“‘My thoughts are not your thoughts, nor are your ways my ways,’ declares the Lord” (Isaiah 55:8). God chooses to invest in mostly small communities of mixed spiritual depth to show his love for the world and to bear witness to his coming kingdom, and he asks us to do the same.

In the way Jesus did — by sacrificing himself.

Let’s go back to the Romans 12 passage about the body. Paul introduces the paragraph about spiritual gifts by saying: “Therefore, I urge you, brothers and sisters, in view of God’s mercy, to offer your bodies as a living sacrifice, holy and pleasing to God – this is your reasonable worship.” Why reasonable? Our sacrifice is a reasonable response to Christ’s sacrifice. As Paul says in Philippians 2, Jesus, the Son of God emptied himself, made himself next to nothing by becoming human and becoming a servant. And that was just the beginning. The journey ended by his undergoing the most cruel, dehumanizing, painful, shameful form of execution used in the ancient world.

It was cruel, in part, because it was so slow. A living sacrifice.

Fortunately, for most of us, being living sacrifices isn’t quite so hard and painful. What makes us living sacrifices is the energy and fulfillment that can come with fitting in with God’s plan for our lives and how he’s designed us. It’s like Jesus said: “My food is to do the will of him who sent me, and to complete his work” (John 4:34).

So we engage with the world in the ways Jesus has designed us to. Like Jesus did when he worked as a carpenter. Yet Jesus didn’t ultimately come to be a carpenter. He came to be Jesus — the teaching, healing, saving Son of God incarnate, in flesh, in a particular place and point in time, with all the limitations that went with being so small. And that’s what he wants us to be. Jesus. His body. With arms and legs and hands and toes that may not look like much, but somehow do the job, however awkwardly.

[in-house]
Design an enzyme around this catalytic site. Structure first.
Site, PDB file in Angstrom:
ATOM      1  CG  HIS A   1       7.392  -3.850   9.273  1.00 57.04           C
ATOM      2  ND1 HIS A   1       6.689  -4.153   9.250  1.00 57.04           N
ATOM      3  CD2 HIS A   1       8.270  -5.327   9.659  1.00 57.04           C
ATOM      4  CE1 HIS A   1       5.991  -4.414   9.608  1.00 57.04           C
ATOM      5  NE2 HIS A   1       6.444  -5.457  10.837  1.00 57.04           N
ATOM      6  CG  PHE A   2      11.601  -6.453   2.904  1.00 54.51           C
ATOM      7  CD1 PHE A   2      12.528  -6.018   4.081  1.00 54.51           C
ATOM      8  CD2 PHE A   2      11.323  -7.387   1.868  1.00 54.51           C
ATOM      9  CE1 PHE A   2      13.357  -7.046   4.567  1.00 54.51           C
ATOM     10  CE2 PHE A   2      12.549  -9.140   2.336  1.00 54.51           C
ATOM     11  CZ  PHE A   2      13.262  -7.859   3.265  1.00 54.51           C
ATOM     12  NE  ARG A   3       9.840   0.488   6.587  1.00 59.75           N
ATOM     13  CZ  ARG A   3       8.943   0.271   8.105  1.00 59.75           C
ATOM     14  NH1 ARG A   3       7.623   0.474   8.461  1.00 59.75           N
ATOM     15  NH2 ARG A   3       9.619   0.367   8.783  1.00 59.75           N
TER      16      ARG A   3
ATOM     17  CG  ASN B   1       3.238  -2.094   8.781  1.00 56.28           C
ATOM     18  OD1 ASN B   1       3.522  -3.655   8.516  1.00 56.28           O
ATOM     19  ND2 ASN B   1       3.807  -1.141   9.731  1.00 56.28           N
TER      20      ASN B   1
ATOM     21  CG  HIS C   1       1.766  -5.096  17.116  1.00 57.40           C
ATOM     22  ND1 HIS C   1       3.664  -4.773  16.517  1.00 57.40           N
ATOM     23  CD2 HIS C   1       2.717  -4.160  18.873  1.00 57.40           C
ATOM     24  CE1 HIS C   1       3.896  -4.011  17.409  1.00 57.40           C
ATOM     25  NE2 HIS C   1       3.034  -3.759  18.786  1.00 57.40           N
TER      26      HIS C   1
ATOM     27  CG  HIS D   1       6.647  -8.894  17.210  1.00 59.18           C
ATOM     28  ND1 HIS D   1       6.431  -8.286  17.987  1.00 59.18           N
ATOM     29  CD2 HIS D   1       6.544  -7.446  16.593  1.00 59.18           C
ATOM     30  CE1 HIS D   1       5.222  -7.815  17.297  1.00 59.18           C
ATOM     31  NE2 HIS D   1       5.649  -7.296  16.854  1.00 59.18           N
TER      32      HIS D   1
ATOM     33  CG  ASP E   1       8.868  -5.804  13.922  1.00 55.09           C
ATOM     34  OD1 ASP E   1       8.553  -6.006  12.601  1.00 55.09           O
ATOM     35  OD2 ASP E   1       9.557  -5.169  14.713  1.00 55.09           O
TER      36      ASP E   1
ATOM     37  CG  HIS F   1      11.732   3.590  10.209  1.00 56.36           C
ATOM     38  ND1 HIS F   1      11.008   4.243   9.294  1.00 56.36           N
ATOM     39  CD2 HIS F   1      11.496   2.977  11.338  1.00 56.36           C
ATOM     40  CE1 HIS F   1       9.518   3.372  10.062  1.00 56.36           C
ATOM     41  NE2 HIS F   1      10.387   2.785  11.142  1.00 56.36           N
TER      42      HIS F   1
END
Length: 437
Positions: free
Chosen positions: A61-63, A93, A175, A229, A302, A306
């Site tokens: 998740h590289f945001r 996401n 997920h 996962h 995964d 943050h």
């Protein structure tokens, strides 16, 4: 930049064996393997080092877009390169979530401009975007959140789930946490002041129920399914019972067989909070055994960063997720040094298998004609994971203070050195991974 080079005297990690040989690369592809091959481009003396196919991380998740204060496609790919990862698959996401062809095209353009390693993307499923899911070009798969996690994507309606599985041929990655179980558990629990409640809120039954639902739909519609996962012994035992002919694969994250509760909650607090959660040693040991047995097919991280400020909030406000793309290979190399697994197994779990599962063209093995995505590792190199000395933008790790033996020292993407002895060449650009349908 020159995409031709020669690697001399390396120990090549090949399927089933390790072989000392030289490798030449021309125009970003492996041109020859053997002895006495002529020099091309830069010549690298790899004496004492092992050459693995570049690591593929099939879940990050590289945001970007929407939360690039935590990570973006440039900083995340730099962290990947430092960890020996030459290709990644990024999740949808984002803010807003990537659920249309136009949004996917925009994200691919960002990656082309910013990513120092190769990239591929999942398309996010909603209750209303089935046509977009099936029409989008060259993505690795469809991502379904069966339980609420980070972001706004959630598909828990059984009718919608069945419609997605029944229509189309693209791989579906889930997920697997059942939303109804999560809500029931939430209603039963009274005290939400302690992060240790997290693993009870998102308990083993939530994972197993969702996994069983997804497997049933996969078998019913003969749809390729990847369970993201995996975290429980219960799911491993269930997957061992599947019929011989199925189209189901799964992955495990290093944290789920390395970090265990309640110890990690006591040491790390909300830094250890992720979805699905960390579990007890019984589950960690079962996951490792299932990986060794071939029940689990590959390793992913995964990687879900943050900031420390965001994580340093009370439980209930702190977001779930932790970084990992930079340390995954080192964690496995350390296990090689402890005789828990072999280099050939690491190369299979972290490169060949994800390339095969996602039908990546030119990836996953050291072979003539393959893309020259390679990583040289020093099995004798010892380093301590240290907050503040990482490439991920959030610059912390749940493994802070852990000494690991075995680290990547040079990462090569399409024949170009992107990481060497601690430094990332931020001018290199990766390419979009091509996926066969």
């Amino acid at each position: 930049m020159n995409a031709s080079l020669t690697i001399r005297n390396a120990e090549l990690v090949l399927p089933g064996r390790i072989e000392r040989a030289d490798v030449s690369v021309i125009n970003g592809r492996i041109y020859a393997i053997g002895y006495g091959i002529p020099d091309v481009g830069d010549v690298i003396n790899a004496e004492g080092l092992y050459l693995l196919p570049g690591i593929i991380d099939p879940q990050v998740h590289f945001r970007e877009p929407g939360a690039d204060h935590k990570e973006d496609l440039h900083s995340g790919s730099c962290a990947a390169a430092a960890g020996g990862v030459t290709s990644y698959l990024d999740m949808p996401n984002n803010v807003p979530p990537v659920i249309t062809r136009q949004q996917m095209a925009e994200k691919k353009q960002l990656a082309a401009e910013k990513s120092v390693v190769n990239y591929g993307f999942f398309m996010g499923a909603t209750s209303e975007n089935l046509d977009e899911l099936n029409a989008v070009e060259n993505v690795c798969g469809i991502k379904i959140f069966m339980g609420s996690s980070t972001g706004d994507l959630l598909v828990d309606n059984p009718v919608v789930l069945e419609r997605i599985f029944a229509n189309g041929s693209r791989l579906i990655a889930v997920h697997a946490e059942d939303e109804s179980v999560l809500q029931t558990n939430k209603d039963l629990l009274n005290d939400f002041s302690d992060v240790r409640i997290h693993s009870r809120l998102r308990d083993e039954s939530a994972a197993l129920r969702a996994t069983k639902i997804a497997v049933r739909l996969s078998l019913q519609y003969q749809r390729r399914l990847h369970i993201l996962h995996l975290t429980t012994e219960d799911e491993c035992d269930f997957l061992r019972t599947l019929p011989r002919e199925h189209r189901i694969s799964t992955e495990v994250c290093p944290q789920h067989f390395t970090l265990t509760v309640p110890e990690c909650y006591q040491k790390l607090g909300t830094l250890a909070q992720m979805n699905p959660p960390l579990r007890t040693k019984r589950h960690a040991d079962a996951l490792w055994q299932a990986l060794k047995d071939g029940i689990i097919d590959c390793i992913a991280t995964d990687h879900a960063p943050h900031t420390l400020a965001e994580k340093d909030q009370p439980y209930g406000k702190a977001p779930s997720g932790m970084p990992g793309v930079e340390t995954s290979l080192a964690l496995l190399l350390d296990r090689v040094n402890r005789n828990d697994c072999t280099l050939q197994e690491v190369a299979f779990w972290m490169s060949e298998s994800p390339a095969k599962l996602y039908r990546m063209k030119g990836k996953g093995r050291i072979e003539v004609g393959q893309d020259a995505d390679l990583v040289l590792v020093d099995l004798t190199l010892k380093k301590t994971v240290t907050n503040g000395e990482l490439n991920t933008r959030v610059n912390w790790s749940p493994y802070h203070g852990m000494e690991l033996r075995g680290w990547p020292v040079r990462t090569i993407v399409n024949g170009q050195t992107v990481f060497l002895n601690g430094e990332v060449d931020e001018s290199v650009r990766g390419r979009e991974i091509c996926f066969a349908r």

So we use our gifts and talents and whatever other resources we have for Jesus. To be the body of Jesus.

In freedom. I ended my sermon last week my saying that faith is freedom. What do you need to be set free from in order to sincerely and seriously consider or reconsider your role in this tiny little community called Bellevue Reformed Church?

If you would like some help thinking about your role and gifts, I hope you’ll stop by. That happens to come under my job description (Ephesians 4:11-12).

2 thoughts on “Spiritual Practice 4: Identify and Use Your Spiritual Gifts

  1. On Sunday, “Freedom to be yourself” was mentioned briefly but was an important part of the aspect of Faith as Freedom for me. The first thought I had was much like Romans 12:3 “…Do not think of yourself more highly than you ought, but rather think of yourself with sober judgment…” Also, from my devotional, My Utmost for His Highest, this morning, Oswald Chambers says, “The passion of Christianity comes from deliberately signing away my own rights and becoming a bondservant of Jesus Christ. Until I do that, I will not begin to be a saint.” Both this statement of Oswald Chambers and Romans 12:3 may seem to contradict the concept of being free to be myself. But it is not. When I am free to choose to be myself, I am free to choose to give myself wholly to Jesus Christ for the purpose of allowing him to make me into the saint I am meant to be. Again, from this devotional today, Chambers also says, “I must be broken from my own understanding of myself.” There is no better freedom for me than to let Jesus make me into “myself” for him and to serve him.

  2. Such good words, Janet! That was one of the parts of Sunday’s message I strongly connected with too. God created us so carefully and uniquely; so it’s no wonder it’s in giving ourselves to knowing Him and responding to His Spirit that we get to be more alive and more truly who we actually are.